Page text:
Amman: International Monetary Fund head Dominique Strauss-Kahn said on Sunday the world economy was not “out of the woods” despite a faster recovery in developing and emerging countries than earlier forecast.
He told reporters during a visit to the country that although global recovery was “resuming sooner than expected, private demand was still not strong enough to signal the end of the prolonged recession experienced by the world economy.
“You see growth resuming almost everywhere but that almost everywhere these growth figures are related to public support and private demand remaining rather weak and not strong enough. Until private demand is sustainable to provide growth it will be difficult to say the crisis is over,” he added.
The IMF sharply raised its estimates back in January, predicting that the world economy would expand by 3.9% in 2010, much higher than the 3.1% it projected last October, with the pace picking up to 4.3% next year.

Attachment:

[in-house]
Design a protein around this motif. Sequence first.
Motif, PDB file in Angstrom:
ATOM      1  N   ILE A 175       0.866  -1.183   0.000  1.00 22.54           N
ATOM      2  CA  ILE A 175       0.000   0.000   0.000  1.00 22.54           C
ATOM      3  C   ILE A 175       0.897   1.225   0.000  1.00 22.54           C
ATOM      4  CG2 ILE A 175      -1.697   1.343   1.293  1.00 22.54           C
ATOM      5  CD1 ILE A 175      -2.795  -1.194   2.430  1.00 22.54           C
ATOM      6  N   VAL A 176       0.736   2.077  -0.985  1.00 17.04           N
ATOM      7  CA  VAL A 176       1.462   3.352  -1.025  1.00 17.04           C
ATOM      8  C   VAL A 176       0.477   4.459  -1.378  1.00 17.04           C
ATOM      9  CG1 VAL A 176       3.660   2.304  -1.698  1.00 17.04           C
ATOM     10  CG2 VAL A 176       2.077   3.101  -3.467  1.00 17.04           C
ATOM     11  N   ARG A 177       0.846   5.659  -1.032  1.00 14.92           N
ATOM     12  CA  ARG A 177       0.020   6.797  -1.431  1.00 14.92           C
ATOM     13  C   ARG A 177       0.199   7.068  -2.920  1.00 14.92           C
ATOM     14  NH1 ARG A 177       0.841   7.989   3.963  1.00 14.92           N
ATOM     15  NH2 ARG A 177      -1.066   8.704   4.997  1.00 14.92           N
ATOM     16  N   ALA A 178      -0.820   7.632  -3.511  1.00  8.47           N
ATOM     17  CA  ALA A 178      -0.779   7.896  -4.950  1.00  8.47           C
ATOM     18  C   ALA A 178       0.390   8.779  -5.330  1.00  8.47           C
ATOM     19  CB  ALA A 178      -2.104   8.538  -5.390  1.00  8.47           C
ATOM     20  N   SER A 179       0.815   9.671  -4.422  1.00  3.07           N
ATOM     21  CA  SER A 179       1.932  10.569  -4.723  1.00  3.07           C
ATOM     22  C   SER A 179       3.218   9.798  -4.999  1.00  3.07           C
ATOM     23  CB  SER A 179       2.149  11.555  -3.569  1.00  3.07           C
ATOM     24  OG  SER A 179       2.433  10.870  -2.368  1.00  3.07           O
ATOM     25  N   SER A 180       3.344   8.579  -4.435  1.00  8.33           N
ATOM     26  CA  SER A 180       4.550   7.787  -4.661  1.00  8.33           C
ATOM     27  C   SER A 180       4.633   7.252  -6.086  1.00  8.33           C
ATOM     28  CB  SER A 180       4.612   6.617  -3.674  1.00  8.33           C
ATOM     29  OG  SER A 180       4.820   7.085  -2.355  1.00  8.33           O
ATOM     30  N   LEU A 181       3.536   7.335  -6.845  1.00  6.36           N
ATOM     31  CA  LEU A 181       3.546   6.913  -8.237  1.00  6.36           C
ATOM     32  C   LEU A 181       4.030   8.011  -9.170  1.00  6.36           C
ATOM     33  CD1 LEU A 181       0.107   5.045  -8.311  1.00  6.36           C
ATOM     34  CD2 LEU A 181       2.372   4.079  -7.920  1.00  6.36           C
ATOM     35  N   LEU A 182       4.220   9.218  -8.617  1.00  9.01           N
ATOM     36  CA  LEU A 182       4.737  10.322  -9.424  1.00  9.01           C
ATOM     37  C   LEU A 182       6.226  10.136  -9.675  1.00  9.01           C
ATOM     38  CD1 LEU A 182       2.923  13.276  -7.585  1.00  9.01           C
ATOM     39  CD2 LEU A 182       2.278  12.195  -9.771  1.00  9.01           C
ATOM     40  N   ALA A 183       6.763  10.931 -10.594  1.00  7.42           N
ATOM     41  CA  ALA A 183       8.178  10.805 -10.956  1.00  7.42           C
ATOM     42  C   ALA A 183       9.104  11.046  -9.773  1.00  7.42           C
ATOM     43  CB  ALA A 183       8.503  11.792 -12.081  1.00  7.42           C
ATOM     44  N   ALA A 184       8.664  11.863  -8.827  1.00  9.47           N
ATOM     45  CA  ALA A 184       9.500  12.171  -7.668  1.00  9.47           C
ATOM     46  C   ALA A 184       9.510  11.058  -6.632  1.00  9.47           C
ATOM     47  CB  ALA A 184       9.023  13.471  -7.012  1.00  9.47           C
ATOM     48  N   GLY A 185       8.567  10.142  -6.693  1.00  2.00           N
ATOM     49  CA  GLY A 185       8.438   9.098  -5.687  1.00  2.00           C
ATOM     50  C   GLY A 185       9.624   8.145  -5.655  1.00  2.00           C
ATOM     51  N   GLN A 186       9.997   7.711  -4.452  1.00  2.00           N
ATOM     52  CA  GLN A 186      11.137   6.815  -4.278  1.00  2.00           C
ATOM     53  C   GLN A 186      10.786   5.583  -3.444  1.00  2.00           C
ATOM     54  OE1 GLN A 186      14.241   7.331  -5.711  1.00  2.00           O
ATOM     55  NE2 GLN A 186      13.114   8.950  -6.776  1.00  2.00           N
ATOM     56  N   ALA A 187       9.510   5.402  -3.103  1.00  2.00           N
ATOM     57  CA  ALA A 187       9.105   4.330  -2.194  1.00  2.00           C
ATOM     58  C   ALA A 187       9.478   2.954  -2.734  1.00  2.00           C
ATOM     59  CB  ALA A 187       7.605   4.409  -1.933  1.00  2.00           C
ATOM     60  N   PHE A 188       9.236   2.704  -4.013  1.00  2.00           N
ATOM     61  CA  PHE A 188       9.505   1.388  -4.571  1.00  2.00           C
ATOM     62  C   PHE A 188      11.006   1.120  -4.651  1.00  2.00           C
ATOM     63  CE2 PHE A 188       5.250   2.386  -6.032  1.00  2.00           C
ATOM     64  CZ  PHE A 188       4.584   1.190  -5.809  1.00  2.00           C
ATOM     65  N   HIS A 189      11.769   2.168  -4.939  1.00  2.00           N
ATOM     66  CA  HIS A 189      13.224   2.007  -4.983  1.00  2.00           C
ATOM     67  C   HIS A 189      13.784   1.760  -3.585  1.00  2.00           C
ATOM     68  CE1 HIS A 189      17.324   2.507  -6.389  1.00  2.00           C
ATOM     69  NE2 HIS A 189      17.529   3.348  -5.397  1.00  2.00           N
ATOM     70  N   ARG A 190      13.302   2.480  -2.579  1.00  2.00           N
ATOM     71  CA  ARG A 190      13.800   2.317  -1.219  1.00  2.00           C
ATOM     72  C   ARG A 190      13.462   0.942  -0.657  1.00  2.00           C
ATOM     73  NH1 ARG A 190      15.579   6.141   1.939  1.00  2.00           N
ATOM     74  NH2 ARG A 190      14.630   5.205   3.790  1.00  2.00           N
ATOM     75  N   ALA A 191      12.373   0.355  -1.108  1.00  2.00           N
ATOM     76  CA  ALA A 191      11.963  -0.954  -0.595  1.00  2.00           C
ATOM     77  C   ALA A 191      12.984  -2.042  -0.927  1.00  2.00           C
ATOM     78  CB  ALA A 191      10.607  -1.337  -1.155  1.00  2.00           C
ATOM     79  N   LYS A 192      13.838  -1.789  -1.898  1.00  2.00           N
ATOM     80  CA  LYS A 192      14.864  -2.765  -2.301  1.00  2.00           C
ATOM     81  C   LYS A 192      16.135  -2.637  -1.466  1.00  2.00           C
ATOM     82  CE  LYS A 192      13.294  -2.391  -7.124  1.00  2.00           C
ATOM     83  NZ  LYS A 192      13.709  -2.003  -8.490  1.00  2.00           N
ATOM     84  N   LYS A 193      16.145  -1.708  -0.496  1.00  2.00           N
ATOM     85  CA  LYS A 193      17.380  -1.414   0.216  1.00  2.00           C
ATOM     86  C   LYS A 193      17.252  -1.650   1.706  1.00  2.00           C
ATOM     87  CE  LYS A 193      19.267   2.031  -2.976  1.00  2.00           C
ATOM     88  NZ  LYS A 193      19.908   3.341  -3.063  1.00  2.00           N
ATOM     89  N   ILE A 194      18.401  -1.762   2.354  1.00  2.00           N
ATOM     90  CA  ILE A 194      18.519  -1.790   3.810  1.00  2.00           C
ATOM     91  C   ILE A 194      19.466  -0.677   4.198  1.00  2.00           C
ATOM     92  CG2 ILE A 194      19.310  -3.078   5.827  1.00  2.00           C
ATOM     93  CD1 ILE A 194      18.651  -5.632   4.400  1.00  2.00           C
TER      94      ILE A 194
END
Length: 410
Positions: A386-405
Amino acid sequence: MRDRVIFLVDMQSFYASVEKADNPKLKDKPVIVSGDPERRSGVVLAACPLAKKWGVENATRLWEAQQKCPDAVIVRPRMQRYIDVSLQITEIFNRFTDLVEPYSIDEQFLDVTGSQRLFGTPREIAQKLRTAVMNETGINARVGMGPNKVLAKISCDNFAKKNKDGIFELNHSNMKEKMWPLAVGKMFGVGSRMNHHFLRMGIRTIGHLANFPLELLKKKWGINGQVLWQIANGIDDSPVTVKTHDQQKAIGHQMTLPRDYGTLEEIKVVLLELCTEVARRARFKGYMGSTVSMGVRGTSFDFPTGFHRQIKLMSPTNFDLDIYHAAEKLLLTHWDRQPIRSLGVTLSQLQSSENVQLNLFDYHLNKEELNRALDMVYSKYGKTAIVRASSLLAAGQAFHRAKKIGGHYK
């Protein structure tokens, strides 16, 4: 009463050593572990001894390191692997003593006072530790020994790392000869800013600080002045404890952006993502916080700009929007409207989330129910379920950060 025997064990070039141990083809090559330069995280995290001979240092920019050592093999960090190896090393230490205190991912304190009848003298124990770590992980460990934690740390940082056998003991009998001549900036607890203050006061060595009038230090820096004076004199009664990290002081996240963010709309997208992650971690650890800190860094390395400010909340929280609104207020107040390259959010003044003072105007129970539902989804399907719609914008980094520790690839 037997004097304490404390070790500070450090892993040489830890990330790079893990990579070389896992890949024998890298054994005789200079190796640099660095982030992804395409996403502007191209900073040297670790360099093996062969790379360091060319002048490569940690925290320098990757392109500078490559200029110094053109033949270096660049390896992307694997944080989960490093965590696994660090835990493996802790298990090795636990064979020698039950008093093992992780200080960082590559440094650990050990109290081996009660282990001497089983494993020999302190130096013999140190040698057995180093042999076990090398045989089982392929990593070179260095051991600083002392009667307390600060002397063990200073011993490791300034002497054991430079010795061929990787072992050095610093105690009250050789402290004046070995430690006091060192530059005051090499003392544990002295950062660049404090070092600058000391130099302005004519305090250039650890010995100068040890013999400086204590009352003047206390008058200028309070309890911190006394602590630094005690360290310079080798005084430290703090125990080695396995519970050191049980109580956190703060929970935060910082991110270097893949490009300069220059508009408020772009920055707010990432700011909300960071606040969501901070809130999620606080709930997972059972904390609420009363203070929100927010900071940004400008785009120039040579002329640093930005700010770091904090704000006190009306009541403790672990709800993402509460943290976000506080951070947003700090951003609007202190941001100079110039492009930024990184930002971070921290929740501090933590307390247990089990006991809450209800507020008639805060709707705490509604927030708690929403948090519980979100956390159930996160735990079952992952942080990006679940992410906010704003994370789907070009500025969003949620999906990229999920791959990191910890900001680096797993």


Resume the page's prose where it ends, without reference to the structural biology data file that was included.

“The recovery is coming sooner than expected. But we are not out of the woods and we have to be cautious,” he added.
Predictions for recovery have been improving steadily since last year in tandem with an explosive stock market recovery.
But much of the US economy’s recovery from the most brutal downturn since the 1930s has been driven by government stimulus and businesses being less aggressive in reducing inventories.
This has raised concerns that growth could stutter later this year when the boost from the two sources fades, given tepid consumer spending and high unemploymment.
Strauss-Kahn, a former French finance minister, said that although a double dip could not be ruled out, the IMF did not forecast one.
The head of the IMF refused to be drawn into commenting on the next World Economic Outlook before it was released in “ten days” he said.
Strauss-Kahn also warned of the risks in a premature recovery that could prompt governments to retreat from public stimulus policies too early and thus “shooting themselves in the foot”.
Along with concerns over sovereign debt in the euro zone, Strauss-Kahn added that a third risk was the “huge amount of capital inflows that could go to countries such as Brazil and Indonesia that would create bubbles”.